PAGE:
The Czech police have recommended that two more people face trial for
expressing approval on the internet of last year’s terrorist attack in
New Zealand. The police have now called for a total of five people to be
tried for the support of terrorism in this connection, a representative of
the Supreme State Attorney’s Office in Prague said on Tuesday. The charge
carries a maximum prison sentence of 15 years.
According to previous information, 12 people in the Czech Republic are being investigated on suspicion of publicly approving of a terror attack on two mosques in Christchurch that left 51 people dead.
The percentage of Czechs who are “satisfied with their lives” has grown
in recent years, suggests an opinion poll released by the STEM agency. Some
85 percent of respondents in the survey conducted in January answered in
the affirmative, with the remainder saying they were dissatisfied.
STEM says it has traced a gradual increase in satisfaction levels since 2015. Last month’s rate was the highest recorded since the regular poll was introduced in 1994, it said.
Five Czechs are being held in quarantine on the Spanish island of Tenerife
in connection with the Covid-19 virus. The Spanish authorities ordered all
of the guests at their hotel to be placed in quarantine after one person
staying there was discovered to have the coronavirus, the Czech News Agency
reported, citing the Prague-based tour agency Invia.
The Czech group only arrived in Tenerife on Monday. They were due to return on March 6 but it is not clear if they will be allowed to fly back on that date.
Prague’s Václav Havel Airport as of Tuesday is reserving special gates
for arrivals from Italy, due to a coronavirus outbreak there that has
claimed seven lives, with at least 229 confirmed cases.
Passengers arriving from Italy will be subject to targeted screening and other measures, the airport said on Twitter.
Italy is among the most popular holiday destinations for Czechs. On Monday, the Ministry of Foreign Affairs recommended travelers not visit northern Italy.
The Prince of Liechtenstein Foundation has lost another legal battle with
the Czech state over some 600 hectares of forest land confiscated after
World War II.
The Constitutional Court upheld a previous verdict rejecting the Foundation’s claim that the state is unlawfully using forest land near Říčany, central Bohemia.
The Foundation will therefore now “seek justice in international courts and international institutions”, its local media representative said in a press release.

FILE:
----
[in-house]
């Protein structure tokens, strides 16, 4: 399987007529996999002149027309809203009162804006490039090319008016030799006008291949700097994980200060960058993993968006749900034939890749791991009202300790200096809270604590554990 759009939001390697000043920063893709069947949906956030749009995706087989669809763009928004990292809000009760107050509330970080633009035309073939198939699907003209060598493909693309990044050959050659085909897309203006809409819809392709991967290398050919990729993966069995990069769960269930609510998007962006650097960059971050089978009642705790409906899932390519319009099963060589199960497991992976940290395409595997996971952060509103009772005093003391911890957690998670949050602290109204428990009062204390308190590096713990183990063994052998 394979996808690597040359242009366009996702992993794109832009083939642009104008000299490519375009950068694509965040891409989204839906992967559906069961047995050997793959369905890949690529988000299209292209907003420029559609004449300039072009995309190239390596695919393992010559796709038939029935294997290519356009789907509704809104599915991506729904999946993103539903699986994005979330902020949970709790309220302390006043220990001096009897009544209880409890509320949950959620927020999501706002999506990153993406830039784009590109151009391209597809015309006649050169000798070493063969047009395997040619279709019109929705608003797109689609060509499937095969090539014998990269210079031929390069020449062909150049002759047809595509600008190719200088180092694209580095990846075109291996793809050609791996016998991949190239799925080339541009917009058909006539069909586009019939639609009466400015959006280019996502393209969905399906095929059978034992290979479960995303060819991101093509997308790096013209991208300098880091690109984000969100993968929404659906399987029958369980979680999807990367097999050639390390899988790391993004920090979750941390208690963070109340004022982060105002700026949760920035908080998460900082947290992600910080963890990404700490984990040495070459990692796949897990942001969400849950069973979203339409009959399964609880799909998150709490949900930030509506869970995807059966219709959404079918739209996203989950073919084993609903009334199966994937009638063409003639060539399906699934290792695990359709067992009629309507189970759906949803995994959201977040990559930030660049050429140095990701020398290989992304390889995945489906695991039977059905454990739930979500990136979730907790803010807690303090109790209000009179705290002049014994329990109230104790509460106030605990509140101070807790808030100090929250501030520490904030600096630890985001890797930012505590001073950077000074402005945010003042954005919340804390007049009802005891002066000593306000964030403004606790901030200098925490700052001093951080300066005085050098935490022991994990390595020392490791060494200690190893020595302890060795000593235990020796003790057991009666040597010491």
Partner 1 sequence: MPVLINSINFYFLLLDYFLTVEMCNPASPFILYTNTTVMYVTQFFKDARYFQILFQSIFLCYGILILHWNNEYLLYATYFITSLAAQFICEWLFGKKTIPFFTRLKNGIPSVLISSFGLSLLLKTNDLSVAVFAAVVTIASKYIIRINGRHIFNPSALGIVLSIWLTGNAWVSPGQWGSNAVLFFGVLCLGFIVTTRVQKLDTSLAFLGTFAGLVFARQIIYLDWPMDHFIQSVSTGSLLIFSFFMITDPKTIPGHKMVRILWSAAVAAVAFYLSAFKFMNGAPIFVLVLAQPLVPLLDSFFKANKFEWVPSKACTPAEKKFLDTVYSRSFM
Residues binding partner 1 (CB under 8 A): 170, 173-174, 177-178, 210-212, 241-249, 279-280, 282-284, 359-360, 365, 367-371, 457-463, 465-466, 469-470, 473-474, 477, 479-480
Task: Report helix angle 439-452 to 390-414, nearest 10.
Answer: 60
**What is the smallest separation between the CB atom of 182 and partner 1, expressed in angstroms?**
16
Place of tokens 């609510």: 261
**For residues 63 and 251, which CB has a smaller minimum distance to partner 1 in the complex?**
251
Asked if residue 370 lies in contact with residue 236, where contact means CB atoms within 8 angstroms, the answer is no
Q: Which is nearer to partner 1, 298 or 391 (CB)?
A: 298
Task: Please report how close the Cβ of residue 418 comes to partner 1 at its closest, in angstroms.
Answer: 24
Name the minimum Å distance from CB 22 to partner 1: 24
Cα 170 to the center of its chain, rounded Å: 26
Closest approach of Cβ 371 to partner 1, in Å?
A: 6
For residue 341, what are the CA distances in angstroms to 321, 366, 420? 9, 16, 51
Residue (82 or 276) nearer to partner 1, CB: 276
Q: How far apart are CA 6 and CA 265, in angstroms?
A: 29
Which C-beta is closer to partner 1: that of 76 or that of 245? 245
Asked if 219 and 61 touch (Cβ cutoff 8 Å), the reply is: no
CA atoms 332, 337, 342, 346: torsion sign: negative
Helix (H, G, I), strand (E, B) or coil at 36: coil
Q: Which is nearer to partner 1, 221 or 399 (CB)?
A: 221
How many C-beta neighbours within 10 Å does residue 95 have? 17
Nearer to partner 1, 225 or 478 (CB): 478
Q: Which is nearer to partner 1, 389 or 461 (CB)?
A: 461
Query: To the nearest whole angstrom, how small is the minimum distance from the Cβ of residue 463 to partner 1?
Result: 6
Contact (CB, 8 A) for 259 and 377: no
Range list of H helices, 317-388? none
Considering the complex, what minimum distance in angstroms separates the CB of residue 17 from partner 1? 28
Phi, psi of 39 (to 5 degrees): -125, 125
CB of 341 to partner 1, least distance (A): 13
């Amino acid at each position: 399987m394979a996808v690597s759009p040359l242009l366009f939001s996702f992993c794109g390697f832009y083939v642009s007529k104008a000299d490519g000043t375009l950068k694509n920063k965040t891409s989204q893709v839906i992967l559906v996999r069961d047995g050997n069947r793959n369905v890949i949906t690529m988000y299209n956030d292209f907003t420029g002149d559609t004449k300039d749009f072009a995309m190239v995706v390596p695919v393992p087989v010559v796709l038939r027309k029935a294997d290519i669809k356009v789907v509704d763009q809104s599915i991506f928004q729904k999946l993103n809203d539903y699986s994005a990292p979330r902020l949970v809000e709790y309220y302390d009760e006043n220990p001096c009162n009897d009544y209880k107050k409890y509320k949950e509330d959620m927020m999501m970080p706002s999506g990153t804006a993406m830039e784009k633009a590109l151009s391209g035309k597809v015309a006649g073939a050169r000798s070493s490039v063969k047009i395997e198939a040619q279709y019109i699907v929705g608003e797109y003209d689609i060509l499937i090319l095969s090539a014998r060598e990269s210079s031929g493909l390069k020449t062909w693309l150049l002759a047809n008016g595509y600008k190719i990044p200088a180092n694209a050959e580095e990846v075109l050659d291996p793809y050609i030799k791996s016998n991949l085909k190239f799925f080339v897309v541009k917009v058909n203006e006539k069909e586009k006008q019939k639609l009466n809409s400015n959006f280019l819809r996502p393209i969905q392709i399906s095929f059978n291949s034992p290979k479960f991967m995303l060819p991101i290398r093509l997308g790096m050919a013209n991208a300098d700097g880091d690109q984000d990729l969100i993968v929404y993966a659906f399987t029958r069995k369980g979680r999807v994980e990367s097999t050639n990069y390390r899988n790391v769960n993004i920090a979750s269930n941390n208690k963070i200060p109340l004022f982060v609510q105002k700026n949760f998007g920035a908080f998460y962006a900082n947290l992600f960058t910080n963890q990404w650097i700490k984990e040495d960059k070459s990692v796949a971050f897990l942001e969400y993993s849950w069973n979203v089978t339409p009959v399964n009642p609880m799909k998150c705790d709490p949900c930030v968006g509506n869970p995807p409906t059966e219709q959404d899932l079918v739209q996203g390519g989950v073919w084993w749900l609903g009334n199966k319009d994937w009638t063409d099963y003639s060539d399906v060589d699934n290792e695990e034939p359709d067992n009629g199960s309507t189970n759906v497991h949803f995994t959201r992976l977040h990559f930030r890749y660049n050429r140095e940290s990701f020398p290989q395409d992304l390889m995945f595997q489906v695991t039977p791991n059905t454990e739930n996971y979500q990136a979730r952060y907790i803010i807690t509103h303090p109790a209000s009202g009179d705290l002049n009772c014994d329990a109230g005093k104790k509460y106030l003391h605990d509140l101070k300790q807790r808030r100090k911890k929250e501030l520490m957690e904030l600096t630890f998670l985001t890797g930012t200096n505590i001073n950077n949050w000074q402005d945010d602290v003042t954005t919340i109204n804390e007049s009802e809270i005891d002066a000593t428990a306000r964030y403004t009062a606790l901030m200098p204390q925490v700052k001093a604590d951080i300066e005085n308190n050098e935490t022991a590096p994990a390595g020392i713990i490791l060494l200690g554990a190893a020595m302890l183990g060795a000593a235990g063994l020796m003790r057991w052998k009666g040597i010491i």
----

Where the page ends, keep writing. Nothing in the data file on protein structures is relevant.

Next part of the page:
During WWII, Germany seized property belonging to Prince Franz Joseph II of Liechtenstein. After the war, on the basis of the Beneš Decrees, Czechoslovakia confiscated the land, claiming he acquired German citizenship in the 1930s and was a Nazi collaborator.
Czech military historian Eduard Stehlík has been named director of the
National Lidice Memorial, at the site of a wartime massacre, Minister of
Culture Lubomír Zaorálek announced on Monday.
German authorities razed Lidice in 1942 and killed most of its inhabitants in retaliation for the assassination of Reinhard Heydrich, the Nazi governor of occupied Bohemia and Moravia.
The National Lidice Memorial’s previous director, Martina Lehmannová, resigned in January after facing criticism from some families of survivors that their stories had been misrepresented.
Police have accused two officials at the Ministry of Labour and Social
Affairs in connection with a public tender to provide IT services.
The Prague Prosecutor General’s office announced the police action on Monday following separate raids at the ministry and an IT company called OKSystem, carried out by the police anti-organised crime and corruption unit (NCOZ).
The main focus of the police investigation is a 1 billion crown order for a new internal computer system not yet up and running.
More than 300 people were evacuated from the Moravian town of Kuřim on
Monday morning following the discovery the night before of an unexploded
50kg bomb dropped during World War II.
Specialists dug up the unexploded bomb on Monday morning and evacuated buildings along the route of its transport to a special site to be detonated. It was discovered by a man equipped with a metal detector.